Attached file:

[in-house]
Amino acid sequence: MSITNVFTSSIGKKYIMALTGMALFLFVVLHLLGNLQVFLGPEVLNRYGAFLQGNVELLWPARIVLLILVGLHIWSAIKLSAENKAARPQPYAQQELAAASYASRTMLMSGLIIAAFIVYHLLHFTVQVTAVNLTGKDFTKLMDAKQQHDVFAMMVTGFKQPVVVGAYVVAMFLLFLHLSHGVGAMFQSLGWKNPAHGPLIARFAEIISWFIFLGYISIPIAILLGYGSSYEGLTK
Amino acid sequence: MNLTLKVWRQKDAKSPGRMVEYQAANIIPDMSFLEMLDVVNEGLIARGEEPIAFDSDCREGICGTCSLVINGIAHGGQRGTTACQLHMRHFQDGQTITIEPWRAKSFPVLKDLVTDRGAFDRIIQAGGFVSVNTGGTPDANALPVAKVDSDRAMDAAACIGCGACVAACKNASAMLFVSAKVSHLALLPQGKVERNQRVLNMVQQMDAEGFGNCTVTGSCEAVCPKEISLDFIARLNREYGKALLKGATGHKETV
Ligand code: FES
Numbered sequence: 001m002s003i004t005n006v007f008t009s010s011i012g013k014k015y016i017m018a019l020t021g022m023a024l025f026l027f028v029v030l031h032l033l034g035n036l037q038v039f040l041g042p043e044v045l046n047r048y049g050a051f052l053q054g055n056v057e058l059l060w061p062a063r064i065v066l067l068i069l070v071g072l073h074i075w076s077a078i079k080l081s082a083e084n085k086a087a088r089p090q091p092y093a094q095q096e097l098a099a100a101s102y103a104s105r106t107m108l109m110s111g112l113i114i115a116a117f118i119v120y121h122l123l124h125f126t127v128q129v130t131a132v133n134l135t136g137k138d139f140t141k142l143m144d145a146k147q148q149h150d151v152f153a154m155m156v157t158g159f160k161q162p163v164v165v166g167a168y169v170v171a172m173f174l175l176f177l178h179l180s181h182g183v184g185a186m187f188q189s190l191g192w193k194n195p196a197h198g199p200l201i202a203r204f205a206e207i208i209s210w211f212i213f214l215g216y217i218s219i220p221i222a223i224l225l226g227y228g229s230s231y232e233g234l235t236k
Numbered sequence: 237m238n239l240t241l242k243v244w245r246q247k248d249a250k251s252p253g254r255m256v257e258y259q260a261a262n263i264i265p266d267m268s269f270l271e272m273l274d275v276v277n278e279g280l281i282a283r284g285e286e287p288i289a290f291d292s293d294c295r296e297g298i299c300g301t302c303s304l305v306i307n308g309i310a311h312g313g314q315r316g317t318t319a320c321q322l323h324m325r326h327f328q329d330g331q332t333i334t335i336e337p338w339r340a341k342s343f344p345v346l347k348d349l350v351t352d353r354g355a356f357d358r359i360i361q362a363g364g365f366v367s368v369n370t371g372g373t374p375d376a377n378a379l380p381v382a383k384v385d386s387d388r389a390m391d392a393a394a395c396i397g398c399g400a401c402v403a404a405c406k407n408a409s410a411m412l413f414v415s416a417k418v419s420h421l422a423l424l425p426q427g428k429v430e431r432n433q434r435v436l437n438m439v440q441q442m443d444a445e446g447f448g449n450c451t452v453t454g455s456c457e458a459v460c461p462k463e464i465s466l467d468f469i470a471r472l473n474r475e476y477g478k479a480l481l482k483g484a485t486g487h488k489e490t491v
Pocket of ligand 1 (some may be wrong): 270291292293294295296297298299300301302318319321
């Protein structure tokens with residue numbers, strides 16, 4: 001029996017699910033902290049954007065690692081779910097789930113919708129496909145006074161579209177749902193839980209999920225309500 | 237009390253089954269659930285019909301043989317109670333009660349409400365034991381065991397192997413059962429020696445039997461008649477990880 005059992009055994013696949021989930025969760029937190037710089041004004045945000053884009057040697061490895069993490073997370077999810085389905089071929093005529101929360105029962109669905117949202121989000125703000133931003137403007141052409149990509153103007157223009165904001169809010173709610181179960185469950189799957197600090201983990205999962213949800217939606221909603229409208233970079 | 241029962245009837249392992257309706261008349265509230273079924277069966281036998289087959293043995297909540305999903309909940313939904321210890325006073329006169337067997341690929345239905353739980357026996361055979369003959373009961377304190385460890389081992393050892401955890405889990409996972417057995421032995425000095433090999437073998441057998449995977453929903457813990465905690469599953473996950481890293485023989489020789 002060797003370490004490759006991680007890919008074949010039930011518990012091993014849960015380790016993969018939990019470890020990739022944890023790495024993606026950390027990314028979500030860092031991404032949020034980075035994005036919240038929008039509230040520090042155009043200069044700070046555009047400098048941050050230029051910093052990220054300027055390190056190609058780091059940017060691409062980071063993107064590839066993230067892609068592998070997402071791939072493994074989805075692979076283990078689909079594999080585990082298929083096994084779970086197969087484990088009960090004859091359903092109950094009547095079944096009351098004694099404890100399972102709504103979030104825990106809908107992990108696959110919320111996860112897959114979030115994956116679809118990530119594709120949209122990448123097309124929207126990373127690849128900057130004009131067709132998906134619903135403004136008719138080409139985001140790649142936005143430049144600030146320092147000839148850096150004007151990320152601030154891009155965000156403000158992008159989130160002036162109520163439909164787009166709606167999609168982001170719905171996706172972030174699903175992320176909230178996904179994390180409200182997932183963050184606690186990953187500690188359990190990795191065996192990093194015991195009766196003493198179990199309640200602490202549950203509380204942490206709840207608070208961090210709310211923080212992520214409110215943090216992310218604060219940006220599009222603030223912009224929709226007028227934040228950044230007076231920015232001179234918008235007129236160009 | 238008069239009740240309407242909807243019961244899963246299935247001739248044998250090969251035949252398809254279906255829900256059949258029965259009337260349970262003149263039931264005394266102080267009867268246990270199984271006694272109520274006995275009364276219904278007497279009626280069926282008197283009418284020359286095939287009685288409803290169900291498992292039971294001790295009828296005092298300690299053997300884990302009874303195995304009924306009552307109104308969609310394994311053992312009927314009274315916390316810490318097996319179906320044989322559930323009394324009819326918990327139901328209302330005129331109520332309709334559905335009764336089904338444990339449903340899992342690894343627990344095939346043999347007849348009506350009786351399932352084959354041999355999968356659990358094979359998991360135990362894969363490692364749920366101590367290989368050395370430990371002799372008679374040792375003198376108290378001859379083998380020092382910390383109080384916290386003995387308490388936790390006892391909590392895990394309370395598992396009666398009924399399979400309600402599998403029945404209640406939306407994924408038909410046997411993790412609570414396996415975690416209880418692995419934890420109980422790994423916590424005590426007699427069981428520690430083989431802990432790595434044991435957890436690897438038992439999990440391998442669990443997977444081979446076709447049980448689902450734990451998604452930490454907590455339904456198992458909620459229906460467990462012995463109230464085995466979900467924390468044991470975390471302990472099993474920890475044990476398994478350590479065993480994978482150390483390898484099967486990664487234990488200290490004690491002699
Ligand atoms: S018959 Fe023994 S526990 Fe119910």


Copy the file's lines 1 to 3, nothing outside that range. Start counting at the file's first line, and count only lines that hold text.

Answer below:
[in-house]
Amino acid sequence: MSITNVFTSSIGKKYIMALTGMALFLFVVLHLLGNLQVFLGPEVLNRYGAFLQGNVELLWPARIVLLILVGLHIWSAIKLSAENKAARPQPYAQQELAAASYASRTMLMSGLIIAAFIVYHLLHFTVQVTAVNLTGKDFTKLMDAKQQHDVFAMMVTGFKQPVVVGAYVVAMFLLFLHLSHGVGAMFQSLGWKNPAHGPLIARFAEIISWFIFLGYISIPIAILLGYGSSYEGLTK
Amino acid sequence: MNLTLKVWRQKDAKSPGRMVEYQAANIIPDMSFLEMLDVVNEGLIARGEEPIAFDSDCREGICGTCSLVINGIAHGGQRGTTACQLHMRHFQDGQTITIEPWRAKSFPVLKDLVTDRGAFDRIIQAGGFVSVNTGGTPDANALPVAKVDSDRAMDAAACIGCGACVAACKNASAMLFVSAKVSHLALLPQGKVERNQRVLNMVQQMDAEGFGNCTVTGSCEAVCPKEISLDFIARLNREYGKALLKGATGHKETV